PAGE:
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From The New York Times:
Google's worldwide scope means that the company can track ideas and phenomena as they hop from country to country.
Take Las Ketchup, a trio of singing sisters who became a sensation in Spain last spring with a gibberish song and accompanying knee-knocking dance similar to the Macarena.
Like a series of waves, Google searches for Las Ketchup undulated through Europe over the summer and fall, first peaking in Spain, then Italy, then Germany and France.
"The Ketchup Song (Hey Hah)" has already topped the charts in 18 countries. A ring tone is available for mobile phones. A parody of the song that mocks Chancellor Gerhard Schröder for raising taxes has raced to the top of the charts in Germany.
In late summer, Google's logs show, Las Ketchup searches began a strong upward climb in the United States, Britain and the Netherlands.
Haven't heard of Las Ketchup? If you haven't, Google predicts you soon will.

Bon Journal

Dancing in Belfast

In the car, six year old Emma reached from the backseat to turn up the volume in the front. I watched with bewilderment at her ability to sing every word of it, including the Spanish ones. During the chorus, she danced to it, obviously to a choregraphed version.

"What is this?" I asked.

"It's the Ketchup song," she replied.

While her dad Peter gave me a brief history of the conflict in Northern Ireland, I took in the scenery of the coast east of Belfast city. It's a beautiful country, I thought, as we drove on the hilly roads. We stopped at a park and walked on the beach.

One of my ex-colleagues and another friend had told me that Northern Ireland was worth a visit. They didn't tell me it was beautiful like this. They didn't tell me that the people were so nice.

This evening, after the family reunion dinner, we followed little Emma and danced to the Ketchup song. These were songs that teenagers sing and dance to. I've never heard of "Teenage Dirtbag." They were so danceable that I soon became a kid myself. Emma's mother Nancy threw off her shoes and socks and started dancing. Robin and Maria May joined in. Jeremy danced and took pictures. Emma's sister Lucy was lured from upstairs to join us.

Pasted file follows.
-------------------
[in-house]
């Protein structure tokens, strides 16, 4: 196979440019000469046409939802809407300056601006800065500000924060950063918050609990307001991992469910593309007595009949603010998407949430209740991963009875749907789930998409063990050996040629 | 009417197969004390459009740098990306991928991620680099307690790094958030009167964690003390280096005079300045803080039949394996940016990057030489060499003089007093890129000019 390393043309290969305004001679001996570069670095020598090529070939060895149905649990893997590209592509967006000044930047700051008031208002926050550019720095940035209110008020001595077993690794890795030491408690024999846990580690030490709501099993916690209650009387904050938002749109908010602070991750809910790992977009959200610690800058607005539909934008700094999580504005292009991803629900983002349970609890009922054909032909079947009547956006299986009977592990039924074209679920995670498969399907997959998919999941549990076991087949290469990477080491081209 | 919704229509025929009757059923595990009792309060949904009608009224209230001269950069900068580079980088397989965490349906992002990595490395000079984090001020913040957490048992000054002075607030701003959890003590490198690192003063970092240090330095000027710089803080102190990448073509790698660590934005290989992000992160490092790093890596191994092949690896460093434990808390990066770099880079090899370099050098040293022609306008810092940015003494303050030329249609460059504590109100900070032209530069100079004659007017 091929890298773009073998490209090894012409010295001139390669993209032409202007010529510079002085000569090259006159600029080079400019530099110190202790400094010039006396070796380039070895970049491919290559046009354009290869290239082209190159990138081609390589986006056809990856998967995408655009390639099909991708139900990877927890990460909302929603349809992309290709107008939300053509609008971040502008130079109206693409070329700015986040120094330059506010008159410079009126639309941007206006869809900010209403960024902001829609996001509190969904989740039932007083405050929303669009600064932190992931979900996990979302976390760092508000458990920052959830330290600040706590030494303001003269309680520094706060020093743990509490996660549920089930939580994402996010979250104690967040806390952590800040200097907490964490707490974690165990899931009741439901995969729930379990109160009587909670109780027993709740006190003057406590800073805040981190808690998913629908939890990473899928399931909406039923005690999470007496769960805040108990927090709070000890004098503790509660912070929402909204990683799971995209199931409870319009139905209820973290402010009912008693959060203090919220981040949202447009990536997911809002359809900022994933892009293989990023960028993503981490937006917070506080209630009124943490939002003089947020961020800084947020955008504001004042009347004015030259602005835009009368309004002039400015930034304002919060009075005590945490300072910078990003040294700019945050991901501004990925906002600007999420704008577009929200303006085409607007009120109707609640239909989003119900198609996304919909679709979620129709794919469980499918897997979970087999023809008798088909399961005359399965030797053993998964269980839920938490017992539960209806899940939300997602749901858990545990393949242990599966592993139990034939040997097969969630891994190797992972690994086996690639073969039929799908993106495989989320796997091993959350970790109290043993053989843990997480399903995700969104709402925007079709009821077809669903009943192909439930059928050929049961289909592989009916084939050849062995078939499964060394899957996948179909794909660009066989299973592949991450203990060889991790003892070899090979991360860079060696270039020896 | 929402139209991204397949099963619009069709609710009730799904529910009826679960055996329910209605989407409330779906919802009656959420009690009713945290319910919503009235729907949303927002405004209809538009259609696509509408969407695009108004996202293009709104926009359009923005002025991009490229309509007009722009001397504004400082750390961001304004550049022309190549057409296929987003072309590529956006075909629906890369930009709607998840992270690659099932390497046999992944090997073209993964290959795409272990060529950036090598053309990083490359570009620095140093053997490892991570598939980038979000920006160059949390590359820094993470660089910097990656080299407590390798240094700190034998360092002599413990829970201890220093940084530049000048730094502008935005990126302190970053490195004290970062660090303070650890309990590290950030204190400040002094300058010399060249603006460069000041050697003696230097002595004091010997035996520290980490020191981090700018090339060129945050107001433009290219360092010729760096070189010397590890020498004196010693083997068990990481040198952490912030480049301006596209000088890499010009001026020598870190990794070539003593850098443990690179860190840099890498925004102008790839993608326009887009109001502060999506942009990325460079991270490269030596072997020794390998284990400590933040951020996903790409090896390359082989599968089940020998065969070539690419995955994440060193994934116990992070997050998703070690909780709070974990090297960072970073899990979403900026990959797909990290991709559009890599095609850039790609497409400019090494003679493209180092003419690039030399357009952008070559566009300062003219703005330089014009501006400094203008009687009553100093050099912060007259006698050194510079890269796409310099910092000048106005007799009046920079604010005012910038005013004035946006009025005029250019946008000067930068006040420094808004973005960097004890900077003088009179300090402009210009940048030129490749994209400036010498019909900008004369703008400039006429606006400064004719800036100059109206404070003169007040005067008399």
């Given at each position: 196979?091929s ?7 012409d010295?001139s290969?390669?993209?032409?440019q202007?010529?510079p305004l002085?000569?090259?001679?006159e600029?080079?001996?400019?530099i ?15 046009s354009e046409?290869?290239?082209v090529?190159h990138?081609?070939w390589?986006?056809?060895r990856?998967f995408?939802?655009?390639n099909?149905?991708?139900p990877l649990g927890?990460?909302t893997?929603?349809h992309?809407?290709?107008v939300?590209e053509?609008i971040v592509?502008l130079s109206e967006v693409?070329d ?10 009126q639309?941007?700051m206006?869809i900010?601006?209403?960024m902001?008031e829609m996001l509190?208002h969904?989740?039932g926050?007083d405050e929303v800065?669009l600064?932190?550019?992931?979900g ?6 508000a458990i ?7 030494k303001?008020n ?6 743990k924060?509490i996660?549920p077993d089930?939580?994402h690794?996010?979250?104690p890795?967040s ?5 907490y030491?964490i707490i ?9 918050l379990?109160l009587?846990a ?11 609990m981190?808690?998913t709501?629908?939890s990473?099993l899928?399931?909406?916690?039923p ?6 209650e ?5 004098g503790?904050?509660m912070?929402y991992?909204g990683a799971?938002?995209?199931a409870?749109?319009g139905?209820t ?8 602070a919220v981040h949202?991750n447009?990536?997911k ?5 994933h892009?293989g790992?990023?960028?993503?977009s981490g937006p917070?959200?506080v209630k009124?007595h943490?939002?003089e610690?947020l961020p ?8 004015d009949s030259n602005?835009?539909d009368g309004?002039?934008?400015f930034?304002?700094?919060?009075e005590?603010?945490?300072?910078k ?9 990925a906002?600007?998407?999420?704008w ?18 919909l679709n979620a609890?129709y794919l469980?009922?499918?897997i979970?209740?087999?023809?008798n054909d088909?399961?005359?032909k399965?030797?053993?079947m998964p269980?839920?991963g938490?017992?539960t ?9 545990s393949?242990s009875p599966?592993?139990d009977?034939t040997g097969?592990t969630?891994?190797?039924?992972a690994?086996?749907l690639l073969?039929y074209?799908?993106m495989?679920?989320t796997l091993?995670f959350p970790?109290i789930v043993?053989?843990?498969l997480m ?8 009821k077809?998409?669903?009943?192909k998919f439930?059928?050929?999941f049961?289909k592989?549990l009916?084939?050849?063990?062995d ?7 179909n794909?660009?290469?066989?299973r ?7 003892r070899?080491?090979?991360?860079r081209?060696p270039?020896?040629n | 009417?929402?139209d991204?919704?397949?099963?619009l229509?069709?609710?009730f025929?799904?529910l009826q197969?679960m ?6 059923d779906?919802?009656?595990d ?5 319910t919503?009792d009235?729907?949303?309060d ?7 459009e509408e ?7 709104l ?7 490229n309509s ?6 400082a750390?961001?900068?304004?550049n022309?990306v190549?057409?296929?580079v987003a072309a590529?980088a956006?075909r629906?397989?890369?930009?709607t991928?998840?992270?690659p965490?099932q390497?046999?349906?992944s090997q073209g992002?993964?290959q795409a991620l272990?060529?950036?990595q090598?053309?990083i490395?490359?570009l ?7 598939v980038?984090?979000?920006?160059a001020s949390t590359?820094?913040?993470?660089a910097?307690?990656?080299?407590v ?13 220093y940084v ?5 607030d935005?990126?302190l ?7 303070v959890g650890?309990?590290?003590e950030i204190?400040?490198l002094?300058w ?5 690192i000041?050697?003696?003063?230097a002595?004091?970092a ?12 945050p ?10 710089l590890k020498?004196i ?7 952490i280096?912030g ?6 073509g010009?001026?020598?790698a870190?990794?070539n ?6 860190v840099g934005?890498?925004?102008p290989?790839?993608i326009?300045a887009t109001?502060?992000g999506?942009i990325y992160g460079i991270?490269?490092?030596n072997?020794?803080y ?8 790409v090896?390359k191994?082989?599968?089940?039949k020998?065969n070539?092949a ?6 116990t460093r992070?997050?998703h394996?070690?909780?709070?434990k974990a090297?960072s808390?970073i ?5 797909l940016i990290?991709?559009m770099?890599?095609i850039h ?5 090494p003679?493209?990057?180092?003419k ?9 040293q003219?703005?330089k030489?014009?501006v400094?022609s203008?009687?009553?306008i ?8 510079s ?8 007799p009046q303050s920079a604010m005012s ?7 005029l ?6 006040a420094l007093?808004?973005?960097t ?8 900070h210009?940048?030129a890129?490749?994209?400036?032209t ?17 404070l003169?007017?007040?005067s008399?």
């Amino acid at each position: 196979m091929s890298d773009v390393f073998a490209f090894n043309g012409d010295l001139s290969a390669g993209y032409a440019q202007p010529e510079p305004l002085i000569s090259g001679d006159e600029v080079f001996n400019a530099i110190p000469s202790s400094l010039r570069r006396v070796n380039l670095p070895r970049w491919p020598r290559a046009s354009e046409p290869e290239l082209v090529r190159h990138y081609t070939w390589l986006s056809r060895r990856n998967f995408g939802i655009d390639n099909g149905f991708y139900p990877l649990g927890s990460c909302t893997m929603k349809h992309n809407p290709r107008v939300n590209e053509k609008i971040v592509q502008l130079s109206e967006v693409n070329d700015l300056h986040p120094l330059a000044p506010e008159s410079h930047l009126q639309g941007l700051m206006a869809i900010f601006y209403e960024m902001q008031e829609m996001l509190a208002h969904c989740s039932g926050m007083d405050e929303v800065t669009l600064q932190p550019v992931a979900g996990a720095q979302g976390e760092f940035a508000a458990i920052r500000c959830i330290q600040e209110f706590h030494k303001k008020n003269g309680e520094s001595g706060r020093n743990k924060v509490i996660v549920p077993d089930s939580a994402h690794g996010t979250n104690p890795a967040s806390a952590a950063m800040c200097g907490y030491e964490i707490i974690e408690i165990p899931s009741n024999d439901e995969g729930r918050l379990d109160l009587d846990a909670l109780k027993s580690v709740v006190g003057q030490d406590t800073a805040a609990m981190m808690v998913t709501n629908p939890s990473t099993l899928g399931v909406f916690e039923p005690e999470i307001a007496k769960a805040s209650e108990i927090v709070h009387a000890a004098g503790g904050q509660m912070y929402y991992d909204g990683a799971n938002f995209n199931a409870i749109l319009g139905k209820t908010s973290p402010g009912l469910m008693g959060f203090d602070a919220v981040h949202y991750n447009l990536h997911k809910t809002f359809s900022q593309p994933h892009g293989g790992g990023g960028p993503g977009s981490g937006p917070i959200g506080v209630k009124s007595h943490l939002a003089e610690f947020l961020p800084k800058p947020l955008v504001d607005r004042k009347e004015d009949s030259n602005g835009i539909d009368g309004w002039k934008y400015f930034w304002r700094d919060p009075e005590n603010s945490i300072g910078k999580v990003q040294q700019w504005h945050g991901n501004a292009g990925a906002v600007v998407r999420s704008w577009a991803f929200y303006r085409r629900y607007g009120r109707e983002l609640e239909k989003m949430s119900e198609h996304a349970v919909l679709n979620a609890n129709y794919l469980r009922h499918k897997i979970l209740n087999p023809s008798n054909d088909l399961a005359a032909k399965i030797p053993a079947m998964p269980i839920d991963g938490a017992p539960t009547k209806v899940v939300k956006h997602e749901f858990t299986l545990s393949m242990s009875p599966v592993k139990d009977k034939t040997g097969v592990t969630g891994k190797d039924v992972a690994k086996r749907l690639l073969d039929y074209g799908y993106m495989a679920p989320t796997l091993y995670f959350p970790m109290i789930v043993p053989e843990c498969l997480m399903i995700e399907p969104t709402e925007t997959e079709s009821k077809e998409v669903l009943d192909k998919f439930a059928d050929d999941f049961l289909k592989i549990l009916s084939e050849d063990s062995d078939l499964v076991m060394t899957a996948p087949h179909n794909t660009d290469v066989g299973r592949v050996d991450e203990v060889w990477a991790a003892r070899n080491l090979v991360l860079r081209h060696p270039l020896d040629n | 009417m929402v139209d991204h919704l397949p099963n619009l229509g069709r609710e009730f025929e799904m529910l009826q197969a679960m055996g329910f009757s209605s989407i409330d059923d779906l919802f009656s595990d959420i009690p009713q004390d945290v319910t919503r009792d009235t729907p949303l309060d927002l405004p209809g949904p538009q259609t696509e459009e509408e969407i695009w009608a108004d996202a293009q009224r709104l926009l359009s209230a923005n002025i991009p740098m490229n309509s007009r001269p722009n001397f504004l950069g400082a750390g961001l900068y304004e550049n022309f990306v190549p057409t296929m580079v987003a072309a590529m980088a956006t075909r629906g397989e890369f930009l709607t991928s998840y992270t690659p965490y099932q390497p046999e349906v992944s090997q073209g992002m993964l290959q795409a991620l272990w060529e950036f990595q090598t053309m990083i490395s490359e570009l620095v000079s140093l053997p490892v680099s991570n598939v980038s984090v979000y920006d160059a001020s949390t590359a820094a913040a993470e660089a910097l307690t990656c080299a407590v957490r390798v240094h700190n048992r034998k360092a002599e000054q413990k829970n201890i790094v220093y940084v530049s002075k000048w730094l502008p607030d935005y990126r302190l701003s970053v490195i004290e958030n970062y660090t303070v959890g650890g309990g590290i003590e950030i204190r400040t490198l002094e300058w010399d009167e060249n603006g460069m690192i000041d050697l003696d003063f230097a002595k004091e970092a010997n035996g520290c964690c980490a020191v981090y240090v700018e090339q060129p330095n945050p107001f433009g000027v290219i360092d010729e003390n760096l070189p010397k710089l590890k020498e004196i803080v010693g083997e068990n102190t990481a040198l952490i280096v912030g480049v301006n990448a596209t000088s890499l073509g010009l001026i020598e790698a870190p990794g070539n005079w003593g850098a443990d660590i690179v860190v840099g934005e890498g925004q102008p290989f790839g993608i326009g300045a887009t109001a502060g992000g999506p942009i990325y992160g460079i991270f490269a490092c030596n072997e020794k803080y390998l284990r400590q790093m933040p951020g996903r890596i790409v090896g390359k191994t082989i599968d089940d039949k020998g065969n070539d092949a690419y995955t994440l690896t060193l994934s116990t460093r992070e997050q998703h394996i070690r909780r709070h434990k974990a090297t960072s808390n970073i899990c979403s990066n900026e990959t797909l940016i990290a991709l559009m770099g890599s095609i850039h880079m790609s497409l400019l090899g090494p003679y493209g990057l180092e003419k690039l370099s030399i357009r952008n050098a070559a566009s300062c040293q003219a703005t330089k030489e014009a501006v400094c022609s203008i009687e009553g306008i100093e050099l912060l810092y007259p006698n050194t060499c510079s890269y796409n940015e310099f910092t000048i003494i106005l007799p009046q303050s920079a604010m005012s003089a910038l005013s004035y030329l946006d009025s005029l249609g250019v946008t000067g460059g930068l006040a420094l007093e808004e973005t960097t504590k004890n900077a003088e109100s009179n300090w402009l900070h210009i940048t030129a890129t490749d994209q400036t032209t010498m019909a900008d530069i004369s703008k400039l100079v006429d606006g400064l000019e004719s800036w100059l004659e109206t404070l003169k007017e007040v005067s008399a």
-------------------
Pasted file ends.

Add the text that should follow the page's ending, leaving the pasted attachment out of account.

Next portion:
What a family - father, mother, and daughters to dance with uncles and friends from 7 pm to midnight! Like there's no tomorrow, we danced like no one's watching.

24 November 2002 Sunday

It's my first time in Belfast, a name nearly synonymous with the IRA and danger. However, it's not at all what I had expected. It's like any other city in England, with its chain shops, banks, etc. The difference is that it's on the island of Ireland and Irish hospitality rules.
My friend Jeremy invited me to his family reunion as his brother Robin and girlfriend Maria May were visiting from the south of France. After hitch-hiking from Hatton Cross, where the tube had stopped due to signalling problems, we managed to get on the plane at Heathrow Airport on time. About an hour later, his brothers Peter and Robin greeted us with warm smiles in Belfast City Airport.
Jeremy's mom Joy welcomed us to her home, to a tasty hot lunch.
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Anne Ku
writes about her travels, conversations, thoughts, events, music, and anything else that is interesting enough to fill a web page.